I’m not going to rehash all of the physical health benefits of quitting smoking. I’m not going to remind you that smoking has been linked to an increased risk for heart disease, stroke, cancer and that the average smoker lives seven years less than a non-smoker.
(Oops, guess I just did.)
What I really want to show you is the horrible effect smoking has on your financial health.
According to TobaccoFreeKids.org, the average price for a pack of cigarettes in the United States is $4.35. That means that a person who smokes one pack of cigarettes per day spends roughly $1,600 per year on smokes. That’s a lot of money to be spending on anything, let alone on something that’s so bad for you.
So, what would happen if you invested that money instead? Below are two scenarios that show how much money you lose out on by lighting up, based on smoking a pack a day for 25 years.
Scenario #1 – Investing in a money market account with an annual yield of 4%:
Scenario #2 – Investing in a mutual fund with an annual yield of 8%:
In the first scenario, by investing the $1,600 that would have been spent on cigarettes, you would be sitting on about $69,000 (pre-tax), instead of being out $40,000 with nothing to show for it except yellow teeth and a nasty cough. That’s a swing of $109,000 in your favor.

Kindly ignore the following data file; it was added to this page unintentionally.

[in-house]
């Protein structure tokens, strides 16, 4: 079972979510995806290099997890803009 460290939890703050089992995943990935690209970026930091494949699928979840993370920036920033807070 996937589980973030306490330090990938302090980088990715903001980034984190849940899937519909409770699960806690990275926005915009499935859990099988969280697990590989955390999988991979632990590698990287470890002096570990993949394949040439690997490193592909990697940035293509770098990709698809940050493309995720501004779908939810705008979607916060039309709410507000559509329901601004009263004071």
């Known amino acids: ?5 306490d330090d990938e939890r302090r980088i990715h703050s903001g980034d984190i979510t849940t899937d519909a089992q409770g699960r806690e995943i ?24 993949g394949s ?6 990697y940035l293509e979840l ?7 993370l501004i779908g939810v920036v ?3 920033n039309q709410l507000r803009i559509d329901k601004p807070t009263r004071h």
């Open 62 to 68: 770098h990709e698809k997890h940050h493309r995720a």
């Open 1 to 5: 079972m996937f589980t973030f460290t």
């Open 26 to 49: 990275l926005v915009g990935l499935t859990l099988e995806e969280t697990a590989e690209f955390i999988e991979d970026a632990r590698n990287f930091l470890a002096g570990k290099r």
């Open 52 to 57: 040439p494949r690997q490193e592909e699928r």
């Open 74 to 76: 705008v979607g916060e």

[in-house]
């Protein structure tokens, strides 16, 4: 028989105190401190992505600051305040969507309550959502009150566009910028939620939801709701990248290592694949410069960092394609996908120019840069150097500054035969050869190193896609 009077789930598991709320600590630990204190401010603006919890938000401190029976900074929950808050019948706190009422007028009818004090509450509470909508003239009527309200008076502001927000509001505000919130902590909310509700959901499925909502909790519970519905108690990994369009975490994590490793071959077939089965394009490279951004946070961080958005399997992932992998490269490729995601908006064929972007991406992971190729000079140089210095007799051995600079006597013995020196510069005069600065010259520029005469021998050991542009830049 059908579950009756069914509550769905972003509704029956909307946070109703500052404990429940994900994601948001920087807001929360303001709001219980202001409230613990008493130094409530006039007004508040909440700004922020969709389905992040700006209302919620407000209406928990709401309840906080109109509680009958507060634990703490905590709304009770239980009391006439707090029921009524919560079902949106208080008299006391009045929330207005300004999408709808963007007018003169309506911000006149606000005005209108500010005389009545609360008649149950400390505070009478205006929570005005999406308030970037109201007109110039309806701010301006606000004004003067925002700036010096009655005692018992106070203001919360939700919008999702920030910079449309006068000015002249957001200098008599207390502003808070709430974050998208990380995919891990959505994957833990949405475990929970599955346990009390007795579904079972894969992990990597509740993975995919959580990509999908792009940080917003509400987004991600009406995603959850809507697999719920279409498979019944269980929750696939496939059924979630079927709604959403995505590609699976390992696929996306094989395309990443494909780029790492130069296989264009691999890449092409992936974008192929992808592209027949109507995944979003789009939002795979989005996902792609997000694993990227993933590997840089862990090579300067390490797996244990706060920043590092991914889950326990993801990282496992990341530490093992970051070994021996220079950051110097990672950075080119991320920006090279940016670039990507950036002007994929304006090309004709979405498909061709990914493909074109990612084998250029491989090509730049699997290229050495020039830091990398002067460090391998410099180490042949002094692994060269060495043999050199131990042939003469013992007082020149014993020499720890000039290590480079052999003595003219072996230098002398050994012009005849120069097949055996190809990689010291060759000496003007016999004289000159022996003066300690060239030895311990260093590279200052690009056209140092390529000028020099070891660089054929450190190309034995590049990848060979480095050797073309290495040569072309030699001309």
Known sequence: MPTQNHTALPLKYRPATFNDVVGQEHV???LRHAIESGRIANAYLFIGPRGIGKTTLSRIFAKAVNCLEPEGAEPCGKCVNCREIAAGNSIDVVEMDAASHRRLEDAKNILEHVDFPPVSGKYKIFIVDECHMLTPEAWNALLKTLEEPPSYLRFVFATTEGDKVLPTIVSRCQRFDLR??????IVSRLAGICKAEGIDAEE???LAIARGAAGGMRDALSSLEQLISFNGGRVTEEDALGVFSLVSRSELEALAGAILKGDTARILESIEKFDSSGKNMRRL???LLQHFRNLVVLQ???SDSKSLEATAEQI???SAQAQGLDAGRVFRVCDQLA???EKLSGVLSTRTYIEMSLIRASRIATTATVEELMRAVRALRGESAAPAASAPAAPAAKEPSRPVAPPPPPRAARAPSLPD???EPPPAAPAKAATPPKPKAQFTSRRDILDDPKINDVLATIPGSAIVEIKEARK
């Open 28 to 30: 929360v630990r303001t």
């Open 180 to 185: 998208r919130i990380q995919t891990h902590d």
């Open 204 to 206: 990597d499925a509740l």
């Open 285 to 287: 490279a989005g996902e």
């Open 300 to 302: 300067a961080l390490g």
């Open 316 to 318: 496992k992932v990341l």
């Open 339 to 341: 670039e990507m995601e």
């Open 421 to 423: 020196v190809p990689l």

In the second scenario, by investing that same $1,600 in a mutual fund that returns 8% annually, you would have roughly $126,000 instead of being out $40,000. That’s a swing of $166,000 in your favor.
Even if you don’t invest the $1,600, but use it towards paying down your mortgage sooner, or paying off credit card debt, or rewarding your iron will with a big screen TV, financially you’re going to be much better off than if you let that money go up in smoke.
So, if you can’t quit smoking for the health benefits, at least try it for the financial benefits. Either way, down the road you’re going to be a lot better off if you kick the habit now – or better yet, you don’t even start.
Guest Post by Iva Marjanovic, Iva is a writer for TotallyMoney.com which is a website that compares mortgages and cheap loans. She also runs a popular personal finance blog where she shares money saving ideas and frugal tips.